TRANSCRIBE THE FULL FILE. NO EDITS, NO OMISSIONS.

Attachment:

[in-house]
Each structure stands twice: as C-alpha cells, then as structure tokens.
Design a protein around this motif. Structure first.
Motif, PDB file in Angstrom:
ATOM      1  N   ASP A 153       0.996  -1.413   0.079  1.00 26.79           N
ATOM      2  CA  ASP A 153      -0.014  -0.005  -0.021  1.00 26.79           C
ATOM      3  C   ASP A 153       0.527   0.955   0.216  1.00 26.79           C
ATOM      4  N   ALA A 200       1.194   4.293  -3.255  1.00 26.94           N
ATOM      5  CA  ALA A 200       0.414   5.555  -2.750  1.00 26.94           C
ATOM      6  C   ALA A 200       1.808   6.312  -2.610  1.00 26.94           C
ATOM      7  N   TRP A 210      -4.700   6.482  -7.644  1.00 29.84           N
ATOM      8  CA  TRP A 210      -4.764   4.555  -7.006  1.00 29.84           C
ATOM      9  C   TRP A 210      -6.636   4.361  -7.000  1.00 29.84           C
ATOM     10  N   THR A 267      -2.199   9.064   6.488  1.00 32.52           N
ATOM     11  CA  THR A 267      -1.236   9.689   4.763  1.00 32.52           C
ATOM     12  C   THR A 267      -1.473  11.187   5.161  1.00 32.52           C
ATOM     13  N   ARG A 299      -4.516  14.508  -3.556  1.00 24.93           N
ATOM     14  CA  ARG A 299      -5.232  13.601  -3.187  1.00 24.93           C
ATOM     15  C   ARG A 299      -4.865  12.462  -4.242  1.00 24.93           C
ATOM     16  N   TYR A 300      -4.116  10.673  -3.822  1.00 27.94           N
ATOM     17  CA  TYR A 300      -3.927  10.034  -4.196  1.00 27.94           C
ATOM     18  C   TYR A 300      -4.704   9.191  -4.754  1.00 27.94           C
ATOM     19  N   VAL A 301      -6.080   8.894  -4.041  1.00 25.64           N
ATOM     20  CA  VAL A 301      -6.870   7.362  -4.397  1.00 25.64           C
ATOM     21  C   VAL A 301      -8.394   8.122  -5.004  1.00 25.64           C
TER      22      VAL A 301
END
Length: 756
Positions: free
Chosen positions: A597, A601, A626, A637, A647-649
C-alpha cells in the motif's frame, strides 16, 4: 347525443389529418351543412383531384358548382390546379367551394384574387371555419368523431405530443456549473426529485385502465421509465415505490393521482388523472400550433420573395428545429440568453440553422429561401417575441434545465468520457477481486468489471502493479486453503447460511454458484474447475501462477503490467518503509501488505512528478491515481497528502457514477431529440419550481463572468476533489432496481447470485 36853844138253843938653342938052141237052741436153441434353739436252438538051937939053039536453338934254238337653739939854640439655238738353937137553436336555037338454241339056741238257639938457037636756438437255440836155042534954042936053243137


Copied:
[in-house]
Each structure stands twice: as C-alpha cells, then as structure tokens.
Design a protein around this motif. Structure first.
Motif, PDB file in Angstrom:
ATOM      1  N   ASP A 153       0.996  -1.413   0.079  1.00 26.79           N
ATOM      2  CA  ASP A 153      -0.014  -0.005  -0.021  1.00 26.79           C
ATOM      3  C   ASP A 153       0.527   0.955   0.216  1.00 26.79           C
ATOM      4  N   ALA A 200       1.194   4.293  -3.255  1.00 26.94           N
ATOM      5  CA  ALA A 200       0.414   5.555  -2.750  1.00 26.94           C
ATOM      6  C   ALA A 200       1.808   6.312  -2.610  1.00 26.94           C
ATOM      7  N   TRP A 210      -4.700   6.482  -7.644  1.00 29.84           N
ATOM      8  CA  TRP A 210      -4.764   4.555  -7.006  1.00 29.84           C
ATOM      9  C   TRP A 210      -6.636   4.361  -7.000  1.00 29.84           C
ATOM     10  N   THR A 267      -2.199   9.064   6.488  1.00 32.52           N
ATOM     11  CA  THR A 267      -1.236   9.689   4.763  1.00 32.52           C
ATOM     12  C   THR A 267      -1.473  11.187   5.161  1.00 32.52           C
ATOM     13  N   ARG A 299      -4.516  14.508  -3.556  1.00 24.93           N
ATOM     14  CA  ARG A 299      -5.232  13.601  -3.187  1.00 24.93           C
ATOM     15  C   ARG A 299      -4.865  12.462  -4.242  1.00 24.93           C
ATOM     16  N   TYR A 300      -4.116  10.673  -3.822  1.00 27.94           N
ATOM     17  CA  TYR A 300      -3.927  10.034  -4.196  1.00 27.94           C
ATOM     18  C   TYR A 300      -4.704   9.191  -4.754  1.00 27.94           C
ATOM     19  N   VAL A 301      -6.080   8.894  -4.041  1.00 25.64           N
ATOM     20  CA  VAL A 301      -6.870   7.362  -4.397  1.00 25.64           C
ATOM     21  C   VAL A 301      -8.394   8.122  -5.004  1.00 25.64           C
TER      22      VAL A 301
END
Length: 756
Positions: free
Chosen positions: A597, A601, A626, A637, A647-649
C-alpha cells in the motif's frame, strides 16, 4: 347525443389529418351543412383531384358548382390546379367551394384574387371555419368523431405530443456549473426529485385502465421509465415505490393521482388523472400550433420573395428545429440568453440553422429561401417575441434545465468520457477481486468489471502493479486453503447460511454458484474447475501462477503490467518503509501488505512528478491515481497528502457514477431529440419550481463572468476533489432496481447470485 36853844138253843938653342938052141237052741436153441434353739436252438538051937939053039536453338934254238337653739939854640439655238738353937137553436336555037338454241339056741238257639938457037636756438437255440836155042534954042936053243137